Because of this lack of public API, a major API gap exists - the ability to easily add, remove, and modify keyboard / mouse / touch / etc mappings in a clean and well-defined fashion.

          There has been a fairly considerable amount of exploration in this area as part of [RT-21598](https://javafx-jira.kenai.com/browse/RT-21598), which has been intermittently returned to and revised since mid-2012. The current implementations being explored presently hold a lot of promise - they considerably clean up the behavior code, and additionally expose the behavior mappings in a simple way, allowing for easier modification of input maps at runtime by external users.

          The current state of this project is that all JavaFX UI controls have been ported to a prototype InputMap implementation with excellent results. The intention will be to expose this API to more developers ASAP to gather feedback and to revise it. There are no major concerns with this project as of now.

          **Project Three: Review and make public relevant CSS API**

          As with project one, this project relates to bringing out into the public API that currently resides in com.sun.* packages. Again, this will require code review to minimise the API, as well as additional unit tests and vastly more documentation.

          The driver for this work will be to continue to allow for Scene Builder to compile in JDK 9 (with the appropriate modifications - as noted these changes will not be backwards compatible).

          At present this work has only been investigated lightly - much more work needs to be done to get this across the line.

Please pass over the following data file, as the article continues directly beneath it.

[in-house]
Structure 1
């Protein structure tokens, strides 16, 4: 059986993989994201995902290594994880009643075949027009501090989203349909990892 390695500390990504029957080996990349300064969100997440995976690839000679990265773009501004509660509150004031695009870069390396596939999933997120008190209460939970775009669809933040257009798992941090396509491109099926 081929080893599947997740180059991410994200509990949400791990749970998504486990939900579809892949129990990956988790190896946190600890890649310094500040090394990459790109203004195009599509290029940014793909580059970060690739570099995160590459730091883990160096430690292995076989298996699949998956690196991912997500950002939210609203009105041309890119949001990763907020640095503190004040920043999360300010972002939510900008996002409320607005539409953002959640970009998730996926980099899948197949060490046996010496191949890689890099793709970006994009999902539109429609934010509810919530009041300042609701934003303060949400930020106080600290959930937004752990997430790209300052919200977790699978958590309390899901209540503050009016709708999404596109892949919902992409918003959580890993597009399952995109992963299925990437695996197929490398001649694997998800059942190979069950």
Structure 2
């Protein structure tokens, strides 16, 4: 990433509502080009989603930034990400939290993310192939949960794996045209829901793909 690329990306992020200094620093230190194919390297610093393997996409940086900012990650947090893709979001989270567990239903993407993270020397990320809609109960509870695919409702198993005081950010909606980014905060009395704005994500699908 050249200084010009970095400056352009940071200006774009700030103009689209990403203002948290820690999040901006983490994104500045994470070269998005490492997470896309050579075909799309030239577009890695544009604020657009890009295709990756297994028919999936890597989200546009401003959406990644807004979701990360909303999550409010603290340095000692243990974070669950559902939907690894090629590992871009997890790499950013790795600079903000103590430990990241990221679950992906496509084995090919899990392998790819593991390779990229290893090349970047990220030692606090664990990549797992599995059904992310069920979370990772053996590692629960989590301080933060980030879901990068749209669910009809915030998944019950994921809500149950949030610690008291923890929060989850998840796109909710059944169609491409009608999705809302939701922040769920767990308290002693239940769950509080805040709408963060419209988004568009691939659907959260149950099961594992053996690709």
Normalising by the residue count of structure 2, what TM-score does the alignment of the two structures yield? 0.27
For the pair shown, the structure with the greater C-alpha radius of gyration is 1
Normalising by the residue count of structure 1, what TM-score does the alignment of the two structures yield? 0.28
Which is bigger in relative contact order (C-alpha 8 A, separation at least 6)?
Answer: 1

**Summary**

          The end result of these three projects is the creation of:

          - A new package 'javafx.scene.control.skin' for UI control skins, after being API reviewed, standardised, documented, and tested.
          - Additional API for specifying input mappings
          - The translation of existing UI control behavior classes to the new input map API
          - The moving and API review, standardisation, documentation, and testing of necessary CSS-related classes.


          Alternatives
          ------------

          The only alternative approach is to not do this work. The implications to the wider JavaFX community will be significant, and as mentioned, to many projects either fatal or at the very least hugely inconveniencing and / or will result in the need to remove functionality from their offerings.

          Testing
          -------

          Testing will be limited to additional unit tests that require no special platform or hardware requirements.

          Risks and Assumptions
          ---------------------

          The primary risk is that the scope of work exceeds what is anticipated. Some research has been performed to better understand the requirements, but there is no denying that to end up with a good API will require a decent investment of time.

          This work could of course become entirely unnecessary if the implication of modules on com.sun.* packaged internal API were not to exist. As of now I am not aware of this changing, hence the planning that has already been done, and the end result being the introduction of this JEP.